Tag Archives: rutabaga

Artist vs Farmer

Artist: What are you doing?

Farmer: Photographing a rutabaga.

Artist: Cattle feed.


A rutabaga and a turnip disappear into an artist’s studio (which sounds like the start to a terrible joke but is actually what happened some time after Dad saw me taking photographs of root vegetables for yesterday’s blog post…). What came out of the studio was these two drawings:

Which goes to show you don’t need to wait for inspiration to show up in order to start drawing – you just need a couple of vegetables.

Seeing the two drawings, though, made me think of how easy it is to take a photograph and how hard it is to capture the essence of a thing. Somehow, artwork created by hand still has a fundamentally different feel to it than a photograph in terms of the way it captures the subject matter at hand.

I hasten to add that taking a good photograph isn’t easy at all and taking an exceptional image – well, one can wait a lifetime and still not capture the ultimate shot. But taking the time to sit down and craft by hand the likeness of something – that is, I think, a skill that we shouldn’t forget about or dismiss just because it has become so easy to capture visual data. I can’t put my finger on it, but there is some quality inherent in these sketches that is lacking in my photos posted yesterday. Running my photos through any number of tricky filters isn’t going to help. I feel very fortunate to live with an artist who has a studio full of brushes and paints and pencils and pens with nibs and bottles of ink… It never ceases to amaze me how Dad and I see and interpret the world differently, even when we are both looking at exactly the same thing.

And Now, Root Vegetables: The rutabaga vs the turnip

What is the difference, anyway?

What is the difference, anyway?

After yesterday’s topic of discussion (which has triggered quite the mind-bending conversation over in the comments) I feel the need to return to a subject that’s a tad easier to wrap my head around. What is the difference between a turnip and a rutabaga?


Behold the Mighty Rutabaga

When I posed this question to Dad he muttered, “Swedes?” and then something about cattle feed. According to Wikipedia, it’s common in the north of England (Dad’s original stomping grounds) to call a rutabaga (aka the ‘swede’ – from ‘Swedish turnip’) a turnip. Dad’s reference to cattle feed is a standard comment delivered whenever I mention certain easily grown vegetables which, apparently, were  deemed unfit for human consumption by Brits during WWII. Kale, collards, turnips, and parsnips are the main culprits and if the Queen would never deign to eat cattle food, then why should he? 



Unfit for human consumption isn’t quite right – it seems to have been more that things were so bad during the war people were reduced to eating fodder more often consumed by cattle and hogs. Though Dad now eats collard greens, turnips, and rutabags, he draws the line at kale. Steamed, baked, or served up as chips- kale remains in the cattle feed bucket as far as he’s concerned, regardless of kale’s current status as a super food.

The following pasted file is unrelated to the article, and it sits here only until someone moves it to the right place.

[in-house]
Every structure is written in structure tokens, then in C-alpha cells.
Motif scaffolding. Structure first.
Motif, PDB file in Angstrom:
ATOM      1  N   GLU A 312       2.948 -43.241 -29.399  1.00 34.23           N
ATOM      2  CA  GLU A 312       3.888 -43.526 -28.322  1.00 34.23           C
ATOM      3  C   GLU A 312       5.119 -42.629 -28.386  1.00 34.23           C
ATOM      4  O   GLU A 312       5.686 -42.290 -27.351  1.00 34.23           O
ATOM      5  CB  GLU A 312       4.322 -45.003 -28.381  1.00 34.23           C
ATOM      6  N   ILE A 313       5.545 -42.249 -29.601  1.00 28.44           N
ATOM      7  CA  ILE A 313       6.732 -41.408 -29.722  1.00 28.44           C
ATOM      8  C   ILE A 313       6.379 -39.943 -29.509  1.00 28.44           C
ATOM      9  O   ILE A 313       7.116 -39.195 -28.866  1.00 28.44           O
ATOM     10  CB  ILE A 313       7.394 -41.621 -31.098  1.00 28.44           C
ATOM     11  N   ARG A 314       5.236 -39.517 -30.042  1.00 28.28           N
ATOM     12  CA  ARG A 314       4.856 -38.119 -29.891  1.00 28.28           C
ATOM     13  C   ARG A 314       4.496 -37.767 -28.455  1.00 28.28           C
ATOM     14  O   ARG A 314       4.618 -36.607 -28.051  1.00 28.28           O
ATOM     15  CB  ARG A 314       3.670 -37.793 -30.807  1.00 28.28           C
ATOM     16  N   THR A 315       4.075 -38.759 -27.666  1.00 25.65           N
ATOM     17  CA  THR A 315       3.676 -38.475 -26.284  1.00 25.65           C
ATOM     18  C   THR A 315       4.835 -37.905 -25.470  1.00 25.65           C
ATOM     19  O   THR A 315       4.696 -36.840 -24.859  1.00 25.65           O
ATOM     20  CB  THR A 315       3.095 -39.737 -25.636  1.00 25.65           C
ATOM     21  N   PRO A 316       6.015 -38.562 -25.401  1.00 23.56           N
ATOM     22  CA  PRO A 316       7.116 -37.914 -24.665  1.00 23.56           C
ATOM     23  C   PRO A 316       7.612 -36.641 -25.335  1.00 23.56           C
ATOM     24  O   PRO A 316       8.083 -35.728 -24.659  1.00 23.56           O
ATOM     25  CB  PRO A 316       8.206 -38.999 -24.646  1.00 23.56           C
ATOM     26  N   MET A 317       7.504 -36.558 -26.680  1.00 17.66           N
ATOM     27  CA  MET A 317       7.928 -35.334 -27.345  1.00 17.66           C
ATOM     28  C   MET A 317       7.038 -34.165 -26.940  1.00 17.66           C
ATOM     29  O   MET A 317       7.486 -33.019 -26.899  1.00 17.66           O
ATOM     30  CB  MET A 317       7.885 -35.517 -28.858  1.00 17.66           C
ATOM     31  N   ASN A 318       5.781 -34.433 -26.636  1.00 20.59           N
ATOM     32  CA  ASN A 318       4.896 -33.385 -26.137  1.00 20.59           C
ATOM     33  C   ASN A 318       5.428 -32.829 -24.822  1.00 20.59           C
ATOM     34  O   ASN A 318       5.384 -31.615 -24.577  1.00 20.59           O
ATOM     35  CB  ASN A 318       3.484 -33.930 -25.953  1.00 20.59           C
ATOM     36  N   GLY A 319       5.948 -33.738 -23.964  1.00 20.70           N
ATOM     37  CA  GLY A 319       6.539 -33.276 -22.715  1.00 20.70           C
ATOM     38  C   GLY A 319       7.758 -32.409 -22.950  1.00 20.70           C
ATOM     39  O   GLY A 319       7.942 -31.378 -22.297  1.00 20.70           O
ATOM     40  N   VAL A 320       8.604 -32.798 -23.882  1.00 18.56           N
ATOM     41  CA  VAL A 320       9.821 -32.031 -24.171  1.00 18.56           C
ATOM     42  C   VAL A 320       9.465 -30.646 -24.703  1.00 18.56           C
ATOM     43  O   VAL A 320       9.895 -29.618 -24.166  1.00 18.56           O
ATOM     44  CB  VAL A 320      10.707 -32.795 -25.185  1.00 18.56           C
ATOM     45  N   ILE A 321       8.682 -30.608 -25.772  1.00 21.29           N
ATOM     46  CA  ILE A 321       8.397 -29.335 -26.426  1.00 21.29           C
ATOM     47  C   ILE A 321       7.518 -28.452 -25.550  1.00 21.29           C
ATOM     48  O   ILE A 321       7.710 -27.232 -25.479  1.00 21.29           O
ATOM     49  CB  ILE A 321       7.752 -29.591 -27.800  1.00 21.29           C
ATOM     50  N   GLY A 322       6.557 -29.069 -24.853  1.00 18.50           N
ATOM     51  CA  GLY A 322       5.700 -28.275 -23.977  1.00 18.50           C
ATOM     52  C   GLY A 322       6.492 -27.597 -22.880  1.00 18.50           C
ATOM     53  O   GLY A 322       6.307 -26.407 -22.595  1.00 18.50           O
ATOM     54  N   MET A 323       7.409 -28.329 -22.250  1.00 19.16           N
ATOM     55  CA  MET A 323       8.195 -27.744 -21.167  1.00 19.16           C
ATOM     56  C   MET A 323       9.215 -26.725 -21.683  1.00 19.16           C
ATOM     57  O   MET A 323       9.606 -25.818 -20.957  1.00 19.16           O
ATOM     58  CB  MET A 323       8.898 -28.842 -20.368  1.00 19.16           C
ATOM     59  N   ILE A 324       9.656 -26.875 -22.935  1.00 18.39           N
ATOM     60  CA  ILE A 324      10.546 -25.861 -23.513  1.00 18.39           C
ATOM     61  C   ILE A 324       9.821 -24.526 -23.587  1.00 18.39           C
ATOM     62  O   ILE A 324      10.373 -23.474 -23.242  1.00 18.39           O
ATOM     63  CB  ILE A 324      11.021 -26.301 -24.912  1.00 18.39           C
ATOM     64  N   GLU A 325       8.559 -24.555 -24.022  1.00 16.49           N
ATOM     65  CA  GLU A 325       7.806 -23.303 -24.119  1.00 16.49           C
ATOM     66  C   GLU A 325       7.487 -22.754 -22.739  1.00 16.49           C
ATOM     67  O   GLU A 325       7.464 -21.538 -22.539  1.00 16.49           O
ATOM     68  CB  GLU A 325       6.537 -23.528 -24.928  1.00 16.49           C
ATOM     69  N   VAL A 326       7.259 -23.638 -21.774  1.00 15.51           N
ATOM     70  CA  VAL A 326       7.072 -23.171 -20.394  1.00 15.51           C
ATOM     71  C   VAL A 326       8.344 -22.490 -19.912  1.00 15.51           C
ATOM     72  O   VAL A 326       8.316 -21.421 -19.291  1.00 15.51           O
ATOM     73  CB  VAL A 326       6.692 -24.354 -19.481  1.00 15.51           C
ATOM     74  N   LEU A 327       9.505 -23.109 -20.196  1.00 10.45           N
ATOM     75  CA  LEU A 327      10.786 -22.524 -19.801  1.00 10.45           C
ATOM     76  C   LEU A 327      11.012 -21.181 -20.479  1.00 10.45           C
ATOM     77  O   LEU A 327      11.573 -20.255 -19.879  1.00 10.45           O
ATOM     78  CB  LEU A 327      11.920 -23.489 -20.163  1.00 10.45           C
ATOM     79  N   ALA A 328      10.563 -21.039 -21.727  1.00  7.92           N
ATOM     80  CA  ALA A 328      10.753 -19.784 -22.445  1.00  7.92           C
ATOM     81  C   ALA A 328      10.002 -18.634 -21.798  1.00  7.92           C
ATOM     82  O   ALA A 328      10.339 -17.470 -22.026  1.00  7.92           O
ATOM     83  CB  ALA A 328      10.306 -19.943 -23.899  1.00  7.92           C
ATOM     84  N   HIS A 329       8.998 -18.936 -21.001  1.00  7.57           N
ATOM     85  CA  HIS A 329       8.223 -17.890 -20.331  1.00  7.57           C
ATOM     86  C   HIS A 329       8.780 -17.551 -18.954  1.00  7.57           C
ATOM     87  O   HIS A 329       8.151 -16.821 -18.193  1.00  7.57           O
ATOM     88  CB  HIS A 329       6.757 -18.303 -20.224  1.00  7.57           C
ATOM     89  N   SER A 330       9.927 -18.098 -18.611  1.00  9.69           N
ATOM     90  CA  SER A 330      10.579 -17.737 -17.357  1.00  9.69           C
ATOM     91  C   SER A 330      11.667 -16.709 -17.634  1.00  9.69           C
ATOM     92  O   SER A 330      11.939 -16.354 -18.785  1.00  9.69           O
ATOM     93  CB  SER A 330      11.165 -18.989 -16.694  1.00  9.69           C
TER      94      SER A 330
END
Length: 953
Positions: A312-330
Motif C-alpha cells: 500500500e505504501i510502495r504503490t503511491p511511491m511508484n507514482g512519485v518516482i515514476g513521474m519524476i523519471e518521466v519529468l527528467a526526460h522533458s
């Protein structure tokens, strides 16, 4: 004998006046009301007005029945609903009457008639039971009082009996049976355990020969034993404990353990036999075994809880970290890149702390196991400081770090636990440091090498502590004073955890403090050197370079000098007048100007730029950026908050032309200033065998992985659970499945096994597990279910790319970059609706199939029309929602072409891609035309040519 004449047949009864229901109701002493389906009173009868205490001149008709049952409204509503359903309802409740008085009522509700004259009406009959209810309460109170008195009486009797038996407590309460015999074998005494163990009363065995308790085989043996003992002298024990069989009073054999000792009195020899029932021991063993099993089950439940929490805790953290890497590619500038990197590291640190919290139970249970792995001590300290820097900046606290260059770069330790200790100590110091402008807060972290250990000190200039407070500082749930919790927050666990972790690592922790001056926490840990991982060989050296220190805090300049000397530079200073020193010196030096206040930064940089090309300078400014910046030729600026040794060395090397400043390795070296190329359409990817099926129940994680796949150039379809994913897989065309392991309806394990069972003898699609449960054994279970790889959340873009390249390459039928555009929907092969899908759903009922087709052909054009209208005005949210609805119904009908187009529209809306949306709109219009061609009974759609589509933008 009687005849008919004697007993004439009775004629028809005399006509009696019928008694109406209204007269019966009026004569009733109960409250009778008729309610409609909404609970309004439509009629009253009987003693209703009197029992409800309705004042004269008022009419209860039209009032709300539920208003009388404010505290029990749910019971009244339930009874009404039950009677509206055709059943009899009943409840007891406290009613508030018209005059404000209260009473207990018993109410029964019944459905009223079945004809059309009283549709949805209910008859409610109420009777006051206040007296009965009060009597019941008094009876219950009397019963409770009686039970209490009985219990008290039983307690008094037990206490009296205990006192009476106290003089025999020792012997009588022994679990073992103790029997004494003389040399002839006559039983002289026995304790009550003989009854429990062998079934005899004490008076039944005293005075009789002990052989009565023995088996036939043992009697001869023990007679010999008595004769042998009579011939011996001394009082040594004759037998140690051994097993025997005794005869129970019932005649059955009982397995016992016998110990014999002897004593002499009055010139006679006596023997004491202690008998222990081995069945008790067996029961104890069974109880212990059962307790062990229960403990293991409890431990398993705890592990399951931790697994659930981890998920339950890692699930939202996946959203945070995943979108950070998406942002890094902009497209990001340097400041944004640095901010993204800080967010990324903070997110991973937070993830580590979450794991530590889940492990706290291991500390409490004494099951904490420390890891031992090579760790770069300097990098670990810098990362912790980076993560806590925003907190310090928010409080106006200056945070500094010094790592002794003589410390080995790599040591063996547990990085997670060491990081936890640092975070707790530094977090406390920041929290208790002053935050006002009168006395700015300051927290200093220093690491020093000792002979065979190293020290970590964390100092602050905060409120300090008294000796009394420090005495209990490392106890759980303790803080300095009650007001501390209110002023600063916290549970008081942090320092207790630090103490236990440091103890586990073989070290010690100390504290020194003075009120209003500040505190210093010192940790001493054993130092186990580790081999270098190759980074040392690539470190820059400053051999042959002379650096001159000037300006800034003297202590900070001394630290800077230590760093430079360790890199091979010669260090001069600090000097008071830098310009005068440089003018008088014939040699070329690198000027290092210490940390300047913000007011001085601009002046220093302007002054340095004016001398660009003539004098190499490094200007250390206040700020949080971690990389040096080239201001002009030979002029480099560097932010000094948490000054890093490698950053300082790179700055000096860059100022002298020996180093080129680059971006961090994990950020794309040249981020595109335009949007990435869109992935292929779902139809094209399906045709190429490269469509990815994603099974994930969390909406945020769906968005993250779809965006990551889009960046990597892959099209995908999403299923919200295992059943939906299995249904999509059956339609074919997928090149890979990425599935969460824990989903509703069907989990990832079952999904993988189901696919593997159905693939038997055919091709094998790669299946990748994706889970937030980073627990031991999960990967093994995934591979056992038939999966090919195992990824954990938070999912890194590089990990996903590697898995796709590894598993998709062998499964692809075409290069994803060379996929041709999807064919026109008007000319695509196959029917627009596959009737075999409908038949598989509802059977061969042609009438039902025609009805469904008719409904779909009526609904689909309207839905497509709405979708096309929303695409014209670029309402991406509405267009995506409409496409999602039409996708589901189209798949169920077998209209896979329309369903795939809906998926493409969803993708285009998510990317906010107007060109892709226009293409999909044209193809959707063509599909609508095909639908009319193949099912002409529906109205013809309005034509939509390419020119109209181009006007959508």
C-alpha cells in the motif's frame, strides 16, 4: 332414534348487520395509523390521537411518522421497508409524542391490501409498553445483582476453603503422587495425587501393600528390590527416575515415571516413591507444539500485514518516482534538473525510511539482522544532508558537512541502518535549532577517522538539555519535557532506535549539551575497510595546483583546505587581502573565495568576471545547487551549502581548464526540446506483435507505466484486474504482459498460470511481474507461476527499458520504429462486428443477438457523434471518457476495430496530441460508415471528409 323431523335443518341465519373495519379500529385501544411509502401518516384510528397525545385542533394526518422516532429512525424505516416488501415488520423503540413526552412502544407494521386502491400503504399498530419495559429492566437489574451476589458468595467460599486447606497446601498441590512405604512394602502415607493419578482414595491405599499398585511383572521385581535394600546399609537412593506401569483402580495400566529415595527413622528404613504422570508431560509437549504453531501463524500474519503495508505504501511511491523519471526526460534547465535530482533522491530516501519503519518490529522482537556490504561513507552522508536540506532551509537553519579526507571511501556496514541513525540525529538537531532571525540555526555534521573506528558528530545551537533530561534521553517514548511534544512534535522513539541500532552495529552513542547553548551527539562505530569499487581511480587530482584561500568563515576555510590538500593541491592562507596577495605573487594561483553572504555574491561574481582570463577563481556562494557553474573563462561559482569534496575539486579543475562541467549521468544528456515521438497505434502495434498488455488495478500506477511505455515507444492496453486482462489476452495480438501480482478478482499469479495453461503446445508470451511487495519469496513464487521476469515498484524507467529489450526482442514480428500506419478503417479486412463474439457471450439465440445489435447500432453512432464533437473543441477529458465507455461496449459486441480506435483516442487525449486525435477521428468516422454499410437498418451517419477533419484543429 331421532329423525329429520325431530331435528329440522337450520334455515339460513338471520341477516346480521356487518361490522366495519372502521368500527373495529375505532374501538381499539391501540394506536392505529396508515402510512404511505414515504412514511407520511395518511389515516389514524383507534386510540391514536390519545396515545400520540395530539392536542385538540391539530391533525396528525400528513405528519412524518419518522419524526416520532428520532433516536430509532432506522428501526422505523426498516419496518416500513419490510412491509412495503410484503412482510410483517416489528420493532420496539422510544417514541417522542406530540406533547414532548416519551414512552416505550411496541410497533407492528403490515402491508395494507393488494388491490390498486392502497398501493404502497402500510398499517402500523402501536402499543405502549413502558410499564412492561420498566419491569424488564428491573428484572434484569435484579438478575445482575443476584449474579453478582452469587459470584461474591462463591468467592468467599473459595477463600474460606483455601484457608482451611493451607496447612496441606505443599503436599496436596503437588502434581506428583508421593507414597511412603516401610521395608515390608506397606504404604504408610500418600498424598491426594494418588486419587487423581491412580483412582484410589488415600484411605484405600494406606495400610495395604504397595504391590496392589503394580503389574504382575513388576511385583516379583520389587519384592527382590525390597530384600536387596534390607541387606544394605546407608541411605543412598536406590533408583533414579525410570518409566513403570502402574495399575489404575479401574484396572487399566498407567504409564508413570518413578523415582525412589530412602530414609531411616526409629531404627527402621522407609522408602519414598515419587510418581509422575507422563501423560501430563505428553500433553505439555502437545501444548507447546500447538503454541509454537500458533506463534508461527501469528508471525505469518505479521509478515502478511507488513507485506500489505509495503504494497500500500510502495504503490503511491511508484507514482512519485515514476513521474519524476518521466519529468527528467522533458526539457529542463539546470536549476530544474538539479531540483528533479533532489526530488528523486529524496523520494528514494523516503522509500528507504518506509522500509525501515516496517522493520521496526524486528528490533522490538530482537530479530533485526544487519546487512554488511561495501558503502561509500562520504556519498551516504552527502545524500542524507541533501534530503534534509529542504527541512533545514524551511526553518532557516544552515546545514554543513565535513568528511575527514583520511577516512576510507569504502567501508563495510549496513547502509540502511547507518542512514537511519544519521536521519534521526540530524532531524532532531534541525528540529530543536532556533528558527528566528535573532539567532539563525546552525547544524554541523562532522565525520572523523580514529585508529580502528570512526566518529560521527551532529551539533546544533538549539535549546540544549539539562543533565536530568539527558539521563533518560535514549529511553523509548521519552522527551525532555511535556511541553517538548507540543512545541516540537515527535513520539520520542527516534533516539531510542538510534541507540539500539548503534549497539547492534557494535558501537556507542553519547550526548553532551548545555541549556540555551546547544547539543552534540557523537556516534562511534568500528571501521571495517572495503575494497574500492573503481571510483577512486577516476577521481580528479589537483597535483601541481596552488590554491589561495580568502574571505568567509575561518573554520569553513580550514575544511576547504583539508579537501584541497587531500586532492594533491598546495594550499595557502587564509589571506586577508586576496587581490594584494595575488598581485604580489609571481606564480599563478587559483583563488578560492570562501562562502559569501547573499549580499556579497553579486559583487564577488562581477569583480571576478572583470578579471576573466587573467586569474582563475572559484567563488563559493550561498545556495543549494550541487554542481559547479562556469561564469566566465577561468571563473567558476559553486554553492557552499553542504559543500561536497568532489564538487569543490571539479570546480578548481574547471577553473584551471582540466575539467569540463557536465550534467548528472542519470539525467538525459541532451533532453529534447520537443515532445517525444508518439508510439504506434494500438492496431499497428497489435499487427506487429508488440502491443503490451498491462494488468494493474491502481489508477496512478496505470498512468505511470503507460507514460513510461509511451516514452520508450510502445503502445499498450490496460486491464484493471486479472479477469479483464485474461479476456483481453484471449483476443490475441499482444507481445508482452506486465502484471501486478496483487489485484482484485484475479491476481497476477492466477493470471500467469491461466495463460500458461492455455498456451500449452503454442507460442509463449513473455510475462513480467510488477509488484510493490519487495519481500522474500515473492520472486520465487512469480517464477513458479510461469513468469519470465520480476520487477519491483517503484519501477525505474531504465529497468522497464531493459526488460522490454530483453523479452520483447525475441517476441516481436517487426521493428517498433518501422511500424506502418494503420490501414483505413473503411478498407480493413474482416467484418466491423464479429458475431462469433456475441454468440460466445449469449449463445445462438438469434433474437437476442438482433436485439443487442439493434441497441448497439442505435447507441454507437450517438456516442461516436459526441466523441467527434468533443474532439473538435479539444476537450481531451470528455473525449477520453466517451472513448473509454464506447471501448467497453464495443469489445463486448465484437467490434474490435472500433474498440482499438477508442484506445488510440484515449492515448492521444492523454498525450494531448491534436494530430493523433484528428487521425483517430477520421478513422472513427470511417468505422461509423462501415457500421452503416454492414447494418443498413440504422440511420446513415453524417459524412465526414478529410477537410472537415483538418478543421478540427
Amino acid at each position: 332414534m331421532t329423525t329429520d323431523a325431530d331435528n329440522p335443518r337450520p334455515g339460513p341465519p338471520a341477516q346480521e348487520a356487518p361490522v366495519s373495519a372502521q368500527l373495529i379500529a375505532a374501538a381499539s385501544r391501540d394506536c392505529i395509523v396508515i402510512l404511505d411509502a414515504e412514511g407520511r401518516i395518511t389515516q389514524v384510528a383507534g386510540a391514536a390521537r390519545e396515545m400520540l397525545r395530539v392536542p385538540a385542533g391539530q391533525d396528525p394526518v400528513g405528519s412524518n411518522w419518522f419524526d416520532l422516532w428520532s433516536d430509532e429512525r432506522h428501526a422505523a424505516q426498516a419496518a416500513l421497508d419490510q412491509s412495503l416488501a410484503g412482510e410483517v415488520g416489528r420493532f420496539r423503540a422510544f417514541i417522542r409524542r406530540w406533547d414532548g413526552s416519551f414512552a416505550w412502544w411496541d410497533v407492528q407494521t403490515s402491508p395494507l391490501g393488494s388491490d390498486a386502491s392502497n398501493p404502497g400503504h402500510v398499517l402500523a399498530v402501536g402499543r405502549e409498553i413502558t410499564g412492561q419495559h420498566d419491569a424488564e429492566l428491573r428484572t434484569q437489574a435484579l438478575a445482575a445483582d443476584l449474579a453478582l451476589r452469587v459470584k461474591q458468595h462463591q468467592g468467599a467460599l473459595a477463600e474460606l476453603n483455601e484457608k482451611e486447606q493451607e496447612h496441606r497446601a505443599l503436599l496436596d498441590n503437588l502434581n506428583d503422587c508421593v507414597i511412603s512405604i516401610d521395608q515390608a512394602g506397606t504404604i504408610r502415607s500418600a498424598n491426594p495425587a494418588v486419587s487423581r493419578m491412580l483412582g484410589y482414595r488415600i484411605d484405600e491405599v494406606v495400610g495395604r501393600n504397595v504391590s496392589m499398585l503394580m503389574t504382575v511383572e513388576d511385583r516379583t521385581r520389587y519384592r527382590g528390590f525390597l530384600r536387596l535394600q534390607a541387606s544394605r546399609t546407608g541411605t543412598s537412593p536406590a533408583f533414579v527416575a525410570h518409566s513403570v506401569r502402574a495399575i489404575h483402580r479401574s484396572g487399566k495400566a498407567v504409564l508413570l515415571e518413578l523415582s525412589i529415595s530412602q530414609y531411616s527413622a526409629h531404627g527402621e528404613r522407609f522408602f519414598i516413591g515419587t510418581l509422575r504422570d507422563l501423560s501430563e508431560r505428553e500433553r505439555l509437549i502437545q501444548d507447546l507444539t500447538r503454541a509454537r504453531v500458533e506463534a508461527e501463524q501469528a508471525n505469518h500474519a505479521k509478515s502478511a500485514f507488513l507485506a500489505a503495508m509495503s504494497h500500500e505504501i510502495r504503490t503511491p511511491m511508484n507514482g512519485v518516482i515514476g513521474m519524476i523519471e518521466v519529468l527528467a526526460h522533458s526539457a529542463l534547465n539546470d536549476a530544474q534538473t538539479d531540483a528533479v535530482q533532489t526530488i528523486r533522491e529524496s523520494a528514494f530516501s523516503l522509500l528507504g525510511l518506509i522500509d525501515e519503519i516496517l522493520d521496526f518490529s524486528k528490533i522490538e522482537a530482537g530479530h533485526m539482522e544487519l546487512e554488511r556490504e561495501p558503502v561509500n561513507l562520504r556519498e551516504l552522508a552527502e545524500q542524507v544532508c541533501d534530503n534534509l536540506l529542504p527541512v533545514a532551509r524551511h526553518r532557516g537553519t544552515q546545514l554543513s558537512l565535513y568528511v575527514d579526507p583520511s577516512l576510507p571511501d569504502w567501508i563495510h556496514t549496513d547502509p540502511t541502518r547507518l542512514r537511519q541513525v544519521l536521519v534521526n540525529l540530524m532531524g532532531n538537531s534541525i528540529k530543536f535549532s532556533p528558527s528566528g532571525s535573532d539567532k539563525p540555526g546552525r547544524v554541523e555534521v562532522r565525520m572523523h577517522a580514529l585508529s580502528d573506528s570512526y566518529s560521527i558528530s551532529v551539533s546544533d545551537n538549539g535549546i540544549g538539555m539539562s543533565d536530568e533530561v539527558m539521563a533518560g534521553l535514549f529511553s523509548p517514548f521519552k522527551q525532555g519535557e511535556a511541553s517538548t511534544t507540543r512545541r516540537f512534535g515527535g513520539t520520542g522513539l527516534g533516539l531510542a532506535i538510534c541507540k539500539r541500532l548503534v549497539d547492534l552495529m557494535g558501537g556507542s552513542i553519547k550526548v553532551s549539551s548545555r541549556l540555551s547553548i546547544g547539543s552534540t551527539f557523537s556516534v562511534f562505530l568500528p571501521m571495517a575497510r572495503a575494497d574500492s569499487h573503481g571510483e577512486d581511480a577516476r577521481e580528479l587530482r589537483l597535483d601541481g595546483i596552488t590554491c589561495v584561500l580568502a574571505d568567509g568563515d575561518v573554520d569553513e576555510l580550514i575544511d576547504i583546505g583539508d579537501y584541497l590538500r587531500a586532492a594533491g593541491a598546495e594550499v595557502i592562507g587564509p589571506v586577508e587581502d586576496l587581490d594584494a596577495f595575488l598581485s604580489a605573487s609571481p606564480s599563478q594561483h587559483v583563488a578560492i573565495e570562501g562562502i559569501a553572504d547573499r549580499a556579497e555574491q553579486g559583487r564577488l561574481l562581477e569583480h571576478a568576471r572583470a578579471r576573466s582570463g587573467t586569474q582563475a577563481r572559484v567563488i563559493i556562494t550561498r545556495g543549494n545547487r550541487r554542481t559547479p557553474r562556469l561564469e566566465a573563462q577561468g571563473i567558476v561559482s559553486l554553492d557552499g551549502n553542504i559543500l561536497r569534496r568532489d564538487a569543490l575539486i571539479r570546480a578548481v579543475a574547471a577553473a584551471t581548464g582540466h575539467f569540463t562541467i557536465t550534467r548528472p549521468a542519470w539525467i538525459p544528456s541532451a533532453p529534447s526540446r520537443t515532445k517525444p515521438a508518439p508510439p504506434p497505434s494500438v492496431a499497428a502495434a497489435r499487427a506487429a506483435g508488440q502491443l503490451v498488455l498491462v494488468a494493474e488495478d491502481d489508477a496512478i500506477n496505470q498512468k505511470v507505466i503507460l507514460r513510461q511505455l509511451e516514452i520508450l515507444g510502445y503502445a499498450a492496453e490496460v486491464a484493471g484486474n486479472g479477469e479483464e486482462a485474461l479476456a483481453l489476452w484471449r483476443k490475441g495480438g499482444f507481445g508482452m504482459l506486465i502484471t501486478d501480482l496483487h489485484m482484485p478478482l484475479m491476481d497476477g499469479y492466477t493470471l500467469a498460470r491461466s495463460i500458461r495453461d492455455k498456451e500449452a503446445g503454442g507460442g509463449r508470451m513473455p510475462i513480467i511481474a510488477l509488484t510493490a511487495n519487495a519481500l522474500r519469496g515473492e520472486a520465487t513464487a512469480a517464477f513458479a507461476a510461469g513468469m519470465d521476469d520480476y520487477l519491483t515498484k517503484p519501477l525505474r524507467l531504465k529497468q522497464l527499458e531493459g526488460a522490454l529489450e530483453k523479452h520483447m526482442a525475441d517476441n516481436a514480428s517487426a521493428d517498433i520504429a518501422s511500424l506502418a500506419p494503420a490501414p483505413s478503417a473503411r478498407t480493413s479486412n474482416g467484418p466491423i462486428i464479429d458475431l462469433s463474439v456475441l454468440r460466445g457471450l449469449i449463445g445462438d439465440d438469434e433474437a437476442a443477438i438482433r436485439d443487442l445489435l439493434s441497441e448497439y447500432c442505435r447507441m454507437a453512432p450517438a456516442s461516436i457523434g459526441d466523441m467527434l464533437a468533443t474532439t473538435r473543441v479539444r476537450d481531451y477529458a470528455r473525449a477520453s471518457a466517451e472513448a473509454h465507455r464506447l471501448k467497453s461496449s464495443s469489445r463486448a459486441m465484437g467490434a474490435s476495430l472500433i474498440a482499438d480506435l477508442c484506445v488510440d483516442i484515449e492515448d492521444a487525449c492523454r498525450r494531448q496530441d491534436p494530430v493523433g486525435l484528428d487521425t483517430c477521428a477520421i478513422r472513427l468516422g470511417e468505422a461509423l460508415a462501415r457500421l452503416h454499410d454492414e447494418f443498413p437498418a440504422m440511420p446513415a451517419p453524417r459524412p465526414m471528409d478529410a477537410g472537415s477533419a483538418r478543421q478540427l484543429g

Back to the question at hand, what is the difference between turnips and rutabagas?

According to Niki Jabour’s very good book,
The Year-Round Vegetable Gardener: How to Grow Your Own Food 365 Days a Year, No Matter Where You Live I’m not the only one a bit confused about the exact differences. Both are in the cabbage family with bulbous roots and the varieties I’m familiar with sport the same colour scheme (white toward the root end and pink blooming into a deep purple toward the greens end). Turnips, though, are smaller and rounder (Niki harvests hers 6-8 weeks after seeding). Rutabagas are BIG (they can be up to six inches across) and take much longer to mature. In both cases,  you can eat the greens (we harvested all manner of brassica greens last year and sold them in our early goody boxes as braising greens – delicious!)

Niki suggests sowing turnips in cold frames late in the winter and then continuing to sow out in the garden from late April through mid-August. Rutabagas, on the other hand, she treats as a once a year crop, planted in early summer and harvested in the fall after 3-4 months of growth. Turnips can be eaten raw (I’ve never tried this, but Dad remembers snacking on them as a child… though if he called Swedes (actually rutabagas) turnips, then I’m not entirely sure what he called a turnip…) Rutabagas are generally cooked first.

Turnip v rutabaga - discrimination test - which is which?

Turnip v rutabaga – discrimination test – which is which?

We’ve used baby greens in salads but like most of the brassica family, they soon develop quite a strong taste and, when fully mature, can be bitter. Coat in butter or olive oil and add your savoury seasoning of choice and then sautee with garlic and perhaps a few onions and yum! A tasty veggie side dish.

I just stumbled across a recipe for mashed rutabagas and carrots, which I plan to try soon to take advantage of the gorgeous organic carrots Liz has been growing down at the end of the road. So good! We’ve been using them in salads, smoothies, and roasted  – mashed with rutabagas sounds like a cool addition to the list of carrot prep options.